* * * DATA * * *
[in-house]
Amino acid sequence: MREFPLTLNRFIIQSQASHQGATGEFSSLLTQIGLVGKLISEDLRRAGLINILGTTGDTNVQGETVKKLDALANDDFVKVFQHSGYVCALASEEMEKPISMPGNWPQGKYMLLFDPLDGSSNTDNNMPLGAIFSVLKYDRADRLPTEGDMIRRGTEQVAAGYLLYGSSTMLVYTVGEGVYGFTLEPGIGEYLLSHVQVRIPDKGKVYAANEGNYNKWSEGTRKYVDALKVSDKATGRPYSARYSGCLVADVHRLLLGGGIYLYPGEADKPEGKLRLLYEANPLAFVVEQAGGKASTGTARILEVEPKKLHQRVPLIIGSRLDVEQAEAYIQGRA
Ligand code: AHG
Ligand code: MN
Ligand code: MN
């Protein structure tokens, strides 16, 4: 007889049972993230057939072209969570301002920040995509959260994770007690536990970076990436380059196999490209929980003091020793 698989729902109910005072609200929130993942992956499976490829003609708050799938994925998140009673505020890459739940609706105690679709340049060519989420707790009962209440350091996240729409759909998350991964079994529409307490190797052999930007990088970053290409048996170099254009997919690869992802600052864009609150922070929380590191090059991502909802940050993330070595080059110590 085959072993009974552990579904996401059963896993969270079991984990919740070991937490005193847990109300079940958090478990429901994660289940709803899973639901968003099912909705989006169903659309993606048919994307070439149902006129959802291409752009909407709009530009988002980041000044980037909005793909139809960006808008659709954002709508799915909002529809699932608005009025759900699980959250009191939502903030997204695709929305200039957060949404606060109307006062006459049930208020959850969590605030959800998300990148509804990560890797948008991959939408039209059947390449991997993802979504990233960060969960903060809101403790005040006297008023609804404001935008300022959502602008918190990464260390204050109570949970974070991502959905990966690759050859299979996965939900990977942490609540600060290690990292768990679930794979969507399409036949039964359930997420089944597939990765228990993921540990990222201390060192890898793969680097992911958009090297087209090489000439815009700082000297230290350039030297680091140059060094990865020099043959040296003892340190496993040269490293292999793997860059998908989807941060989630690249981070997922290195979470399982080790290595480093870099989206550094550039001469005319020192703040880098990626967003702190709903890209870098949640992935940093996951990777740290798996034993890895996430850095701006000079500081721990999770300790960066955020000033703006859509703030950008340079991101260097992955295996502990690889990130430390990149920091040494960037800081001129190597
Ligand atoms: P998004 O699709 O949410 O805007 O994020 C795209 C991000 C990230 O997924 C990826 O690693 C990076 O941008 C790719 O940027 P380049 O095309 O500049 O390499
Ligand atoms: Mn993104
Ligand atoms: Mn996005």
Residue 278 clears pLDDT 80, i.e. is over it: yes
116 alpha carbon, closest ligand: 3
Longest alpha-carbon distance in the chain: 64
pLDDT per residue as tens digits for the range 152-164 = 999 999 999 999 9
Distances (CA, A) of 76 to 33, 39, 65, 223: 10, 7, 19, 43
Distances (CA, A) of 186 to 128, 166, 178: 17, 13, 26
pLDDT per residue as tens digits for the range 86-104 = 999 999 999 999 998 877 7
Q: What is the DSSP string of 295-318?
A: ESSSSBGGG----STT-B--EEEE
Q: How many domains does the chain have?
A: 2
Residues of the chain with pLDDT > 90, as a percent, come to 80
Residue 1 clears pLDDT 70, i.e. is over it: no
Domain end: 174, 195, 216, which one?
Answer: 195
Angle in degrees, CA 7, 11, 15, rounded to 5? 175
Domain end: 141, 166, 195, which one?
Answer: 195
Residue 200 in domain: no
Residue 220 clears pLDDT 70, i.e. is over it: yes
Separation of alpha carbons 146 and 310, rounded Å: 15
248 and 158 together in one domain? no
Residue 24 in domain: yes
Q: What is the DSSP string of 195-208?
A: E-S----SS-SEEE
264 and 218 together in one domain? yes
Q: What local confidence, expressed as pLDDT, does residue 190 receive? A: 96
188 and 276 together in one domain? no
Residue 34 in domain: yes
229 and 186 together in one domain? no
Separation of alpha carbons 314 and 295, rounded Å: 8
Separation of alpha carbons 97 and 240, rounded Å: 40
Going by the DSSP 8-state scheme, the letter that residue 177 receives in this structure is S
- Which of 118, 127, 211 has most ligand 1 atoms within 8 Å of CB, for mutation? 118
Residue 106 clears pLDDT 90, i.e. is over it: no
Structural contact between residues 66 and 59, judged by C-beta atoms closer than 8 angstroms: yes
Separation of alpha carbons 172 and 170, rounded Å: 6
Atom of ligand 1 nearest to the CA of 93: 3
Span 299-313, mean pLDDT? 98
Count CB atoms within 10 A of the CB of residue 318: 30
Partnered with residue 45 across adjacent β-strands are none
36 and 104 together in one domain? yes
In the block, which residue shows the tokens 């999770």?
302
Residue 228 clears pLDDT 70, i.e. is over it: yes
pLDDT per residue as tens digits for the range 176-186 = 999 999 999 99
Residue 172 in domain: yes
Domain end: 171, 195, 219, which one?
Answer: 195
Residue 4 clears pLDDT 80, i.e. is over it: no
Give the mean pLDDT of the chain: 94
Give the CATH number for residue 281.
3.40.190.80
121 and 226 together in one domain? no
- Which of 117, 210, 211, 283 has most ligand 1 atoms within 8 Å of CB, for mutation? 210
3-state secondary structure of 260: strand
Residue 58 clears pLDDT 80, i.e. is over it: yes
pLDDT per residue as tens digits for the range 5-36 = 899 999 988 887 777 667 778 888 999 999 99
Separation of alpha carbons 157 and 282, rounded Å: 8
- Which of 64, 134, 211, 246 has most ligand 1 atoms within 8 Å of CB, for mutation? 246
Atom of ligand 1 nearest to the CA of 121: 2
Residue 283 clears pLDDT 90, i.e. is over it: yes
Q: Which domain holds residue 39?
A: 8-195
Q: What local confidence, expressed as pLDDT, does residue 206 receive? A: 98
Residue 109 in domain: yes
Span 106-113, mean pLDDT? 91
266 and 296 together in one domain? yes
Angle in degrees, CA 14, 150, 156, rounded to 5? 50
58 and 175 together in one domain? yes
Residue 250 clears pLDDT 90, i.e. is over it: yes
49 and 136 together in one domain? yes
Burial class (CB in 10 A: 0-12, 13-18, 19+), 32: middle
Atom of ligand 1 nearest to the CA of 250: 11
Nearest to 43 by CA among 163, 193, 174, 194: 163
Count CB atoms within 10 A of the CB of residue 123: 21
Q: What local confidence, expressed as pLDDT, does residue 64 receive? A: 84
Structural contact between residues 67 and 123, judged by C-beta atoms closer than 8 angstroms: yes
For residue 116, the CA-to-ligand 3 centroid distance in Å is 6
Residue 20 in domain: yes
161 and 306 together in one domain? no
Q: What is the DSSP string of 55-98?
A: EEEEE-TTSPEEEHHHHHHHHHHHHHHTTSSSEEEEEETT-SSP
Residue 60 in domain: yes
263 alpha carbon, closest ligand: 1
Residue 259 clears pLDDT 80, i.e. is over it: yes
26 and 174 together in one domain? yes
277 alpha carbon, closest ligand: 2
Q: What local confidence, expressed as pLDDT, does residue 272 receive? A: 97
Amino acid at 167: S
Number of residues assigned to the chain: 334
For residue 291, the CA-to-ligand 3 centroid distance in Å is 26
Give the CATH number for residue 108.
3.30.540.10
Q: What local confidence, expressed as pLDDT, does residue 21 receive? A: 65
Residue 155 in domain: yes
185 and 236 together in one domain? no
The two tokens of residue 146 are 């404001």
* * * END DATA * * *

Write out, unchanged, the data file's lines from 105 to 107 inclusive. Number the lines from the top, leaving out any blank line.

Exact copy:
Residue 155 in domain: yes
185 and 236 together in one domain? no
The two tokens of residue 146 are 């404001």